Sky, thank you for your comment, I'm pleased you liked my post. I think all book binders see binding as an art form and certainly there are some stunning and inspiring books out there that I can only look at with great appreciation. Just bought the DVD set of LOTR so looking forward to having a binge viewing.

  4. You are very clever making one of these. I agree about Keith A. His diagrans look so complicated. I find them easy to follow once I have already made the book!
    I just have volume 1.

  5. I really like this centipede and will do more but I think I'll have to follow my own design. I have almost all of Keith's books and I just love reading them and making plans. I'm better at the plans than the actual carrying them out but there's a lifetime of ideas there in his books. I'd like to go to his classes but I've never been in the right place at the right time.

  6. I am so pleased to have found your beautiful blog through Astrid at Tulibri.

    I am going to check out all your booklinks and try to make a slot book. That should keep me busy!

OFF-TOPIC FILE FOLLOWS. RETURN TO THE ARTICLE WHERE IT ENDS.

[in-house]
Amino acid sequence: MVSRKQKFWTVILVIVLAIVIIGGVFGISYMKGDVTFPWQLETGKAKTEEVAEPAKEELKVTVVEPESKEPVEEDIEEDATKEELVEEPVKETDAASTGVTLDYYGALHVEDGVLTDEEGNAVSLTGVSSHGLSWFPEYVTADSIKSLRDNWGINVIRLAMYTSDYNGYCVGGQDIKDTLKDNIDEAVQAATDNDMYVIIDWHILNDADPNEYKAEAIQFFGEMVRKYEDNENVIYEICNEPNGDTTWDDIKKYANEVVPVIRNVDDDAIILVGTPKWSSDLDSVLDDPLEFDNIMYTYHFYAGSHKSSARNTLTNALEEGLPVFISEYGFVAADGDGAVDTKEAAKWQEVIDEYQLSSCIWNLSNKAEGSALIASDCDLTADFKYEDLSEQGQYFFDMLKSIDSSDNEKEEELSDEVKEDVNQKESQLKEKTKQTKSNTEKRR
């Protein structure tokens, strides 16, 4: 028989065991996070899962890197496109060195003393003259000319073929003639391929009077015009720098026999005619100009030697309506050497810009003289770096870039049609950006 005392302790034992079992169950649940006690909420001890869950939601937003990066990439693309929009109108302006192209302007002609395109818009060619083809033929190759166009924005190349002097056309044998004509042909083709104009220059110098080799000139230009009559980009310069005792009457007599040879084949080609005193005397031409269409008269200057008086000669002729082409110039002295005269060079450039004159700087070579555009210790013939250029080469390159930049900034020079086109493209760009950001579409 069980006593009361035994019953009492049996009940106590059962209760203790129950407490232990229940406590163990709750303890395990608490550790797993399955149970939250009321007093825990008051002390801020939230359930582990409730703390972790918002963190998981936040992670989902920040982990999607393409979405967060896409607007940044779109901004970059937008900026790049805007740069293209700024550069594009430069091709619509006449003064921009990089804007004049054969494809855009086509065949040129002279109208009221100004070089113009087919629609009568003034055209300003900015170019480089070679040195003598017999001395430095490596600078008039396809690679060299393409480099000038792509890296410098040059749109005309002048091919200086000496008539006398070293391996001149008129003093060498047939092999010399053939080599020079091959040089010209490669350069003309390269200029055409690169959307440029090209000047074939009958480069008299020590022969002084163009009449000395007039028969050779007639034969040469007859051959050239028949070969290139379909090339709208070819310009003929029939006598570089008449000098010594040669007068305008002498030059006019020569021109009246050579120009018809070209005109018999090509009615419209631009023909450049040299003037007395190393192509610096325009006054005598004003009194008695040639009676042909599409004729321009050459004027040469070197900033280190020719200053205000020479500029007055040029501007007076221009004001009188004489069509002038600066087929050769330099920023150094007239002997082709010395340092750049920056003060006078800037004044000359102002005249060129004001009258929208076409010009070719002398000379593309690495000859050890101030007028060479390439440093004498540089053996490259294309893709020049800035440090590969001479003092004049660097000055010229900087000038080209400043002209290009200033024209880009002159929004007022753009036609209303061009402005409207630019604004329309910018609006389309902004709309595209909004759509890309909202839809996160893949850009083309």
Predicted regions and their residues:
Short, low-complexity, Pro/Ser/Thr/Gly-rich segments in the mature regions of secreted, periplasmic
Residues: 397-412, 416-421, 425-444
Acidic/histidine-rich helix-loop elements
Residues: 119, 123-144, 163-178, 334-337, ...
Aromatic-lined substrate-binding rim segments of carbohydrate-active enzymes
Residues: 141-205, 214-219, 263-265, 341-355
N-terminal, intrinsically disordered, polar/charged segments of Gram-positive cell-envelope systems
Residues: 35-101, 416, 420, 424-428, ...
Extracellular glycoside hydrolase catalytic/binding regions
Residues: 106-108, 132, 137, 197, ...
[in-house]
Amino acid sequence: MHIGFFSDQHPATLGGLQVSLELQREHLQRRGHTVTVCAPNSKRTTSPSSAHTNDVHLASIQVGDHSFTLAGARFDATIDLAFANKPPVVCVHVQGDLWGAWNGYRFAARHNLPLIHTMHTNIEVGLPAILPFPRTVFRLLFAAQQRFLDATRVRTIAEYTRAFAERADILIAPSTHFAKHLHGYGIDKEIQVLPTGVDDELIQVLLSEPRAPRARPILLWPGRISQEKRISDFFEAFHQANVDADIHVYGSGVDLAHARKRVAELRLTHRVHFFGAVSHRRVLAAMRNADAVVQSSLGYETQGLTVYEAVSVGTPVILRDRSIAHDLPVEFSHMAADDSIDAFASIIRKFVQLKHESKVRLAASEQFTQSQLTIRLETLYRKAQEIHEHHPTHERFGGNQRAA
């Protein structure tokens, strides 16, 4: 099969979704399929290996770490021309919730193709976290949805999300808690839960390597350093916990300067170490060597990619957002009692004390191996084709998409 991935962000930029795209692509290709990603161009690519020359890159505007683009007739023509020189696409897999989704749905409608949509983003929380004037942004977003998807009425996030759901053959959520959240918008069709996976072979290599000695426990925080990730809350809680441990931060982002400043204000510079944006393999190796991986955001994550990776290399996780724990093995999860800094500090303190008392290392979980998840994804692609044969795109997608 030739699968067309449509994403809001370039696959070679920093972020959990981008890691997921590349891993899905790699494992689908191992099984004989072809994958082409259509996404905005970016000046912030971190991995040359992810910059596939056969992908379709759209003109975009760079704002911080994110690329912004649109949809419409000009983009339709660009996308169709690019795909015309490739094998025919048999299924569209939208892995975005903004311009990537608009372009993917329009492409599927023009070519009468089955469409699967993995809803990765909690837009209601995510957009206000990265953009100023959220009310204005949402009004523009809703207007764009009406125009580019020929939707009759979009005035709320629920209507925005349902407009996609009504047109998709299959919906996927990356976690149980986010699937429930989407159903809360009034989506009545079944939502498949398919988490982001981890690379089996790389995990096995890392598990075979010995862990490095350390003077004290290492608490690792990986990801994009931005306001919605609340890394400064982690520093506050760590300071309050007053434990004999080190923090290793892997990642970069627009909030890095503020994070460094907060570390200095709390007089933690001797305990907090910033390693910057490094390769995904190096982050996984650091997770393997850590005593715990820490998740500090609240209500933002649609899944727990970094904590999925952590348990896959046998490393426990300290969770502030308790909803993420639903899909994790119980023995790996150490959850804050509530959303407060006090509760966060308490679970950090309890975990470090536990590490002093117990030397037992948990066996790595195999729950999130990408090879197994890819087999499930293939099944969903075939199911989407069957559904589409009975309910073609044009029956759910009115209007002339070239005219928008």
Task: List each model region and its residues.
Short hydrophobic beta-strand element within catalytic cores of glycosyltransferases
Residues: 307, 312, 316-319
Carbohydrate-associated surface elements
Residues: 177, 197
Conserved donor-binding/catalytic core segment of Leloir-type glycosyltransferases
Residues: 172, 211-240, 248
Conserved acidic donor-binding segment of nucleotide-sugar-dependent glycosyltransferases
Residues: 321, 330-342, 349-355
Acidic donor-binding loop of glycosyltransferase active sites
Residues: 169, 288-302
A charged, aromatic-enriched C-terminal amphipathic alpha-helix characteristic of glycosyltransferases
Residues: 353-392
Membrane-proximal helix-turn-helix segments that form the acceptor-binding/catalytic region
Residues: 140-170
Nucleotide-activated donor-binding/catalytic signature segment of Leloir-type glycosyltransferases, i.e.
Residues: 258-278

I have also added you to my 'Book Links' blog roll :)

    Diane@Muchof a muchness

  7. I admire you for having a go at the caterpillar - especially in public! You are right about the Evilrooster website - thanks for sharing that link. Ah! so much to learn, so little time...

  8. Diane, good luck with the slot book. Let me know if you have any questions.

    Amanda, I'm so pleased you enjoyed Evil Rooster - that's a great web site.

  9. I just bought Keith Smith's book so I could learn the caterpillar stitch. I am also intimidated by it's complexity. Your blog has given me hope that it can be done.

  10. Your pink book is to die for, I can only imagine how much work it takes to make one of these. Thanks so much for sharing!

  11. these are beautiful!